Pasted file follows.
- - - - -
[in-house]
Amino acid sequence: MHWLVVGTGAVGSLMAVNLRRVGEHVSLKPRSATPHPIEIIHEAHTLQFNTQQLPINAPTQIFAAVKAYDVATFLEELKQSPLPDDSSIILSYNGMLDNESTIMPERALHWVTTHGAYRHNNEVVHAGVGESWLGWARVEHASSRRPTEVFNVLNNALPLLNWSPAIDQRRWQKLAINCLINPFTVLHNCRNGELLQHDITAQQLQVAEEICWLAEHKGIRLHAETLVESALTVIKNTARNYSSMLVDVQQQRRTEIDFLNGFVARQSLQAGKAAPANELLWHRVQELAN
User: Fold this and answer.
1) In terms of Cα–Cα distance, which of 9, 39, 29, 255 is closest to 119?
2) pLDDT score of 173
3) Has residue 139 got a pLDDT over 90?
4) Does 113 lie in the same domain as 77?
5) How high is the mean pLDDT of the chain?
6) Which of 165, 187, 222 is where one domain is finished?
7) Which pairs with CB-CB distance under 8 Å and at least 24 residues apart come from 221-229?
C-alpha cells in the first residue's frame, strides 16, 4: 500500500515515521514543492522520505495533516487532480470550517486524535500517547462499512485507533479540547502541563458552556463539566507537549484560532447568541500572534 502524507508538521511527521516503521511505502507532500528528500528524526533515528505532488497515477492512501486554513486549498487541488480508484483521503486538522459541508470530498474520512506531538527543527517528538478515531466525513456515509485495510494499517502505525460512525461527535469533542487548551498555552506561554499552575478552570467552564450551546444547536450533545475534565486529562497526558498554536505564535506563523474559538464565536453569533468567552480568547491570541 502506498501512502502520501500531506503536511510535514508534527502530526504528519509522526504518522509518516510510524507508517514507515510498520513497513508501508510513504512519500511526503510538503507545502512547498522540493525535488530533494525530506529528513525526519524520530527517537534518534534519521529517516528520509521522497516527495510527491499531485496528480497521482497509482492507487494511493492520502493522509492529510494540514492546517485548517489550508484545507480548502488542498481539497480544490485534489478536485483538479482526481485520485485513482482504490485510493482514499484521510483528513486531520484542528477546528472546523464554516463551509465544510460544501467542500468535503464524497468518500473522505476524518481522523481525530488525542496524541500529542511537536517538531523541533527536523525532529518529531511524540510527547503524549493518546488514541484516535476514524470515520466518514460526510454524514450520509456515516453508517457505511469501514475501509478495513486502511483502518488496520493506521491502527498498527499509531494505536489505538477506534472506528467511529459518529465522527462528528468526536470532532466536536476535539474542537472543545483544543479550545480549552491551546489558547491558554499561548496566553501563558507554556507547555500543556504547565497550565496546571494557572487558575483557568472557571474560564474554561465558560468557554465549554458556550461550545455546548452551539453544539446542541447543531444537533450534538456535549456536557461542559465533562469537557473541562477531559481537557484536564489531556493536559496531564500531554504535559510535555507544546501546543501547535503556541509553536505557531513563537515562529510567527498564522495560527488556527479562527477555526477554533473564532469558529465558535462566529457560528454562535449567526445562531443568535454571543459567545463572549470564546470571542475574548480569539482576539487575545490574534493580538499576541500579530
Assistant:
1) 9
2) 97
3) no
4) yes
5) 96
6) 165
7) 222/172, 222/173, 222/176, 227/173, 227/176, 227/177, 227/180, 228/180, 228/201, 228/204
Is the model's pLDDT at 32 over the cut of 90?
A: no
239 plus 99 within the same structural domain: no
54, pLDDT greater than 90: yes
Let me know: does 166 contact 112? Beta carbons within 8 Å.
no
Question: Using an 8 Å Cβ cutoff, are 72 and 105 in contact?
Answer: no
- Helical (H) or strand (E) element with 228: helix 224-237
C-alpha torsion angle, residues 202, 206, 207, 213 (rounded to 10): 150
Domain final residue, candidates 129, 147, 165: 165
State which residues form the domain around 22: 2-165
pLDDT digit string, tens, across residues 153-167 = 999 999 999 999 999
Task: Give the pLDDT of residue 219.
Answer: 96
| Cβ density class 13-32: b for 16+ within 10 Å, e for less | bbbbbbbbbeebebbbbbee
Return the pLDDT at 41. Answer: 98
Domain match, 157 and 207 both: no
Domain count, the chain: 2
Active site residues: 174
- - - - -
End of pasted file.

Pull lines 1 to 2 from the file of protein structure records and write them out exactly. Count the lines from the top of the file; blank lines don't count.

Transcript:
[in-house]
Amino acid sequence: MHWLVVGTGAVGSLMAVNLRRVGEHVSLKPRSATPHPIEIIHEAHTLQFNTQQLPINAPTQIFAAVKAYDVATFLEELKQSPLPDDSSIILSYNGMLDNESTIMPERALHWVTTHGAYRHNNEVVHAGVGESWLGWARVEHASSRRPTEVFNVLNNALPLLNWSPAIDQRRWQKLAINCLINPFTVLHNCRNGELLQHDITAQQLQVAEEICWLAEHKGIRLHAETLVESALTVIKNTARNYSSMLVDVQQQRRTEIDFLNGFVARQSLQAGKAAPANELLWHRVQELAN